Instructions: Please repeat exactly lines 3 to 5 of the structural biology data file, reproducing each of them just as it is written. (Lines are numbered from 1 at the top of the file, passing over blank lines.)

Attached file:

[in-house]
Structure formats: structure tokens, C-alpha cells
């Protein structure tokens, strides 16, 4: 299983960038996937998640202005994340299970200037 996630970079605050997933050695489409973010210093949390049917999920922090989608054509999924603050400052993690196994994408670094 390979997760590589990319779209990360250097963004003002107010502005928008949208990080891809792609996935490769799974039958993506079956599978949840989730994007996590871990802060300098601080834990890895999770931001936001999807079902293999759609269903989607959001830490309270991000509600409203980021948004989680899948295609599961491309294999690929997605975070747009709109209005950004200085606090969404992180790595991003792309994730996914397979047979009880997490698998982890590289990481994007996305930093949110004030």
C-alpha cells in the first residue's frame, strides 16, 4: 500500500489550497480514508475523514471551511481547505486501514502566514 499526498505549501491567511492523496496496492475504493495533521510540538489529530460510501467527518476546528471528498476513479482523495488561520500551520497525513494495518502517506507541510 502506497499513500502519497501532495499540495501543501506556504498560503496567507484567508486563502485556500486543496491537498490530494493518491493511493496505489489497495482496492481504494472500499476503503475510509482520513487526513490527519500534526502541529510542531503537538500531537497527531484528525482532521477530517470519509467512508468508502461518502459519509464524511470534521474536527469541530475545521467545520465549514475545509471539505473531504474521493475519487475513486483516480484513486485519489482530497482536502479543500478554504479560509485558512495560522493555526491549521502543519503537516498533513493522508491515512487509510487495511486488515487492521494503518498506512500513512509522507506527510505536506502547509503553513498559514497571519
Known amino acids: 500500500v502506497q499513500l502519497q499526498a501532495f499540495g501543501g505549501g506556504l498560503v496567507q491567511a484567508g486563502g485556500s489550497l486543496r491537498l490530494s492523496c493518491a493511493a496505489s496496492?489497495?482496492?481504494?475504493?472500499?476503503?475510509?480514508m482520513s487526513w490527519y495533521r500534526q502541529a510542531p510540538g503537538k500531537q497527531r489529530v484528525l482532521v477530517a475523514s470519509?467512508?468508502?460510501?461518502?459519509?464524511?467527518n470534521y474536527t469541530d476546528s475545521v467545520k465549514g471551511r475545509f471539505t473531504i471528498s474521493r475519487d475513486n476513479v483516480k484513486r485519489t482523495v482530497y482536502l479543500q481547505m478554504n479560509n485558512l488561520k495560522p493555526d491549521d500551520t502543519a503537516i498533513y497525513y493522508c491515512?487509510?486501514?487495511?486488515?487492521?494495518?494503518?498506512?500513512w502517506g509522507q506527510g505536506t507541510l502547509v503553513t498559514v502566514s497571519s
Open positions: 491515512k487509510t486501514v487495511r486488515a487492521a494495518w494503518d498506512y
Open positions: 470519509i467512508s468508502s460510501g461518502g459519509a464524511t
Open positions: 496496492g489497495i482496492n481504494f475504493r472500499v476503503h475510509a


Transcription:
């Protein structure tokens, strides 16, 4: 299983960038996937998640202005994340299970200037 996630970079605050997933050695489409973010210093949390049917999920922090989608054509999924603050400052993690196994994408670094 390979997760590589990319779209990360250097963004003002107010502005928008949208990080891809792609996935490769799974039958993506079956599978949840989730994007996590871990802060300098601080834990890895999770931001936001999807079902293999759609269903989607959001830490309270991000509600409203980021948004989680899948295609599961491309294999690929997605975070747009709109209005950004200085606090969404992180790595991003792309994730996914397979047979009880997490698998982890590289990481994007996305930093949110004030």
C-alpha cells in the first residue's frame, strides 16, 4: 500500500489550497480514508475523514471551511481547505486501514502566514 499526498505549501491567511492523496496496492475504493495533521510540538489529530460510501467527518476546528471528498476513479482523495488561520500551520497525513494495518502517506507541510 502506497499513500502519497501532495499540495501543501506556504498560503496567507484567508486563502485556500486543496491537498490530494493518491493511493496505489489497495482496492481504494472500499476503503475510509482520513487526513490527519500534526502541529510542531503537538500531537497527531484528525482532521477530517470519509467512508468508502461518502459519509464524511470534521474536527469541530475545521467545520465549514475545509471539505473531504474521493475519487475513486483516480484513486485519489482530497482536502479543500478554504479560509485558512495560522493555526491549521502543519503537516498533513493522508491515512487509510487495511486488515487492521494503518498506512500513512509522507506527510505536506502547509503553513498559514497571519
Known amino acids: 500500500v502506497q499513500l502519497q499526498a501532495f499540495g501543501g505549501g506556504l498560503v496567507q491567511a484567508g486563502g485556500s489550497l486543496r491537498l490530494s492523496c493518491a493511493a496505489s496496492?489497495?482496492?481504494?475504493?472500499?476503503?475510509?480514508m482520513s487526513w490527519y495533521r500534526q502541529a510542531p510540538g503537538k500531537q497527531r489529530v484528525l482532521v477530517a475523514s470519509?467512508?468508502?460510501?461518502?459519509?464524511?467527518n470534521y474536527t469541530d476546528s475545521v467545520k465549514g471551511r475545509f471539505t473531504i471528498s474521493r475519487d475513486n476513479v483516480k484513486r485519489t482523495v482530497y482536502l479543500q481547505m478554504n479560509n485558512l488561520k495560522p493555526d491549521d500551520t502543519a503537516i498533513y497525513y493522508c491515512?487509510?486501514?487495511?486488515?487492521?494495518?494503518?498506512?500513512w502517506g509522507q506527510g505536506t507541510l502547509v503553513t498559514v502566514s497571519s